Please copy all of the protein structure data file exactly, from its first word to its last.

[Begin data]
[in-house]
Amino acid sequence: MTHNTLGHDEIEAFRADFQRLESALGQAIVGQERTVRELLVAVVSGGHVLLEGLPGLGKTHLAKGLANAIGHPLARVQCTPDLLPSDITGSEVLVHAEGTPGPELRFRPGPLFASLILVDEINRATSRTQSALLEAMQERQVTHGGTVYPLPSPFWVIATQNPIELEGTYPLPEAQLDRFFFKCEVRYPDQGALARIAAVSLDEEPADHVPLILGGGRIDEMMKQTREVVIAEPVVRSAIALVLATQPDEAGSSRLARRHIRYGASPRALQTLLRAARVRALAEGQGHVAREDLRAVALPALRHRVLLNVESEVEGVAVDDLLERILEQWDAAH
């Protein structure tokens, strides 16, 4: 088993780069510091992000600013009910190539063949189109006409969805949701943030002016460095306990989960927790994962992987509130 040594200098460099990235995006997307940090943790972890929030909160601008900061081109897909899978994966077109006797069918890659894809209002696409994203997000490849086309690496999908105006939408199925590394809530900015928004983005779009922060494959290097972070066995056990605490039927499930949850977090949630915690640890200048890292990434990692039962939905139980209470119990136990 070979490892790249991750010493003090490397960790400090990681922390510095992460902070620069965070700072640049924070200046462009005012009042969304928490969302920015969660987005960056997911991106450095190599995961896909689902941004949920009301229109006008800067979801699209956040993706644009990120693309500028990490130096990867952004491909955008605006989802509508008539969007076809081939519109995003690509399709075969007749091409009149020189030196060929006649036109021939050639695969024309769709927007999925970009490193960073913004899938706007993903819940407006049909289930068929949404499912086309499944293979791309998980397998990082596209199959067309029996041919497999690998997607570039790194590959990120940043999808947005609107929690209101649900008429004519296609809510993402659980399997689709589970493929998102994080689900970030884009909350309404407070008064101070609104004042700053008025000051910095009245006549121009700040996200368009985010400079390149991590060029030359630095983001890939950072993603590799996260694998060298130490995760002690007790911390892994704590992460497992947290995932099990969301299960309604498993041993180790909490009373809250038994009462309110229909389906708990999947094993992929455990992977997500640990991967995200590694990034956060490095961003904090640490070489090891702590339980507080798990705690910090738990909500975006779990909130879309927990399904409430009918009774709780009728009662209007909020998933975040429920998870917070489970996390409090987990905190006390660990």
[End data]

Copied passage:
[in-house]
Amino acid sequence: MTHNTLGHDEIEAFRADFQRLESALGQAIVGQERTVRELLVAVVSGGHVLLEGLPGLGKTHLAKGLANAIGHPLARVQCTPDLLPSDITGSEVLVHAEGTPGPELRFRPGPLFASLILVDEINRATSRTQSALLEAMQERQVTHGGTVYPLPSPFWVIATQNPIELEGTYPLPEAQLDRFFFKCEVRYPDQGALARIAAVSLDEEPADHVPLILGGGRIDEMMKQTREVVIAEPVVRSAIALVLATQPDEAGSSRLARRHIRYGASPRALQTLLRAARVRALAEGQGHVAREDLRAVALPALRHRVLLNVESEVEGVAVDDLLERILEQWDAAH
């Protein structure tokens, strides 16, 4: 088993780069510091992000600013009910190539063949189109006409969805949701943030002016460095306990989960927790994962992987509130 040594200098460099990235995006997307940090943790972890929030909160601008900061081109897909899978994966077109006797069918890659894809209002696409994203997000490849086309690496999908105006939408199925590394809530900015928004983005779009922060494959290097972070066995056990605490039927499930949850977090949630915690640890200048890292990434990692039962939905139980209470119990136990 070979490892790249991750010493003090490397960790400090990681922390510095992460902070620069965070700072640049924070200046462009005012009042969304928490969302920015969660987005960056997911991106450095190599995961896909689902941004949920009301229109006008800067979801699209956040993706644009990120693309500028990490130096990867952004491909955008605006989802509508008539969007076809081939519109995003690509399709075969007749091409009149020189030196060929006649036109021939050639695969024309769709927007999925970009490193960073913004899938706007993903819940407006049909289930068929949404499912086309499944293979791309998980397998990082596209199959067309029996041919497999690998997607570039790194590959990120940043999808947005609107929690209101649900008429004519296609809510993402659980399997689709589970493929998102994080689900970030884009909350309404407070008064101070609104004042700053008025000051910095009245006549121009700040996200368009985010400079390149991590060029030359630095983001890939950072993603590799996260694998060298130490995760002690007790911390892994704590992460497992947290995932099990969301299960309604498993041993180790909490009373809250038994009462309110229909389906708990999947094993992929455990992977997500640990991967995200590694990034956060490095961003904090640490070489090891702590339980507080798990705690910090738990909500975006779990909130879309927990399904409430009918009774709780009728009662209007909020998933975040429920998870917070489970996390409090987990905190006390660990």